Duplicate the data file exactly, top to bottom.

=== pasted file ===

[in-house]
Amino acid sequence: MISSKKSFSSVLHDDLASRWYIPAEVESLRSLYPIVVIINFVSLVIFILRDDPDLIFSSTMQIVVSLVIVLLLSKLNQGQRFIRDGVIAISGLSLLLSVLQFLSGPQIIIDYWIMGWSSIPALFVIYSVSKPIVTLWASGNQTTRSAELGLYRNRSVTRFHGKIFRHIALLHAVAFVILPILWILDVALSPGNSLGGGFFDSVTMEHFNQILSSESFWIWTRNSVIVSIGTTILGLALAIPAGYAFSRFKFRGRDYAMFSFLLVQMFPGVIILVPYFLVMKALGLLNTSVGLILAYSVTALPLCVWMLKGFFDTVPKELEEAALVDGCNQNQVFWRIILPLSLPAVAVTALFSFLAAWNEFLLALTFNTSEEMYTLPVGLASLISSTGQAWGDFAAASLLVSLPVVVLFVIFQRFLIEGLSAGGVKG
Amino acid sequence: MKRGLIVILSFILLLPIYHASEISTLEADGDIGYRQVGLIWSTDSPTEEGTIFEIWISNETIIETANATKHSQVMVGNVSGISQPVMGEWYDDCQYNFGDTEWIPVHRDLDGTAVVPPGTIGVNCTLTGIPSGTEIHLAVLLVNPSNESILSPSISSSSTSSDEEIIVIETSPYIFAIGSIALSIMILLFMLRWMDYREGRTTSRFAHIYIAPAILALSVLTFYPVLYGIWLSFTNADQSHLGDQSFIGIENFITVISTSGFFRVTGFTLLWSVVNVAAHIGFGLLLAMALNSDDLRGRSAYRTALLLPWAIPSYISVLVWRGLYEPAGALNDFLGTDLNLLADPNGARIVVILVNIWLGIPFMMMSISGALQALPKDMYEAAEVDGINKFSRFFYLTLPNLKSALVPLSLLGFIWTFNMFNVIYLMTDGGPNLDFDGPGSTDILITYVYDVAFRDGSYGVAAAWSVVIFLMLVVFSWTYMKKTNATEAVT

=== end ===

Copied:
[in-house]
Amino acid sequence: MISSKKSFSSVLHDDLASRWYIPAEVESLRSLYPIVVIINFVSLVIFILRDDPDLIFSSTMQIVVSLVIVLLLSKLNQGQRFIRDGVIAISGLSLLLSVLQFLSGPQIIIDYWIMGWSSIPALFVIYSVSKPIVTLWASGNQTTRSAELGLYRNRSVTRFHGKIFRHIALLHAVAFVILPILWILDVALSPGNSLGGGFFDSVTMEHFNQILSSESFWIWTRNSVIVSIGTTILGLALAIPAGYAFSRFKFRGRDYAMFSFLLVQMFPGVIILVPYFLVMKALGLLNTSVGLILAYSVTALPLCVWMLKGFFDTVPKELEEAALVDGCNQNQVFWRIILPLSLPAVAVTALFSFLAAWNEFLLALTFNTSEEMYTLPVGLASLISSTGQAWGDFAAASLLVSLPVVVLFVIFQRFLIEGLSAGGVKG
Amino acid sequence: MKRGLIVILSFILLLPIYHASEISTLEADGDIGYRQVGLIWSTDSPTEEGTIFEIWISNETIIETANATKHSQVMVGNVSGISQPVMGEWYDDCQYNFGDTEWIPVHRDLDGTAVVPPGTIGVNCTLTGIPSGTEIHLAVLLVNPSNESILSPSISSSSTSSDEEIIVIETSPYIFAIGSIALSIMILLFMLRWMDYREGRTTSRFAHIYIAPAILALSVLTFYPVLYGIWLSFTNADQSHLGDQSFIGIENFITVISTSGFFRVTGFTLLWSVVNVAAHIGFGLLLAMALNSDDLRGRSAYRTALLLPWAIPSYISVLVWRGLYEPAGALNDFLGTDLNLLADPNGARIVVILVNIWLGIPFMMMSISGALQALPKDMYEAAEVDGINKFSRFFYLTLPNLKSALVPLSLLGFIWTFNMFNVIYLMTDGGPNLDFDGPGSTDILITYVYDVAFRDGSYGVAAAWSVVIFLMLVVFSWTYMKKTNATEAVT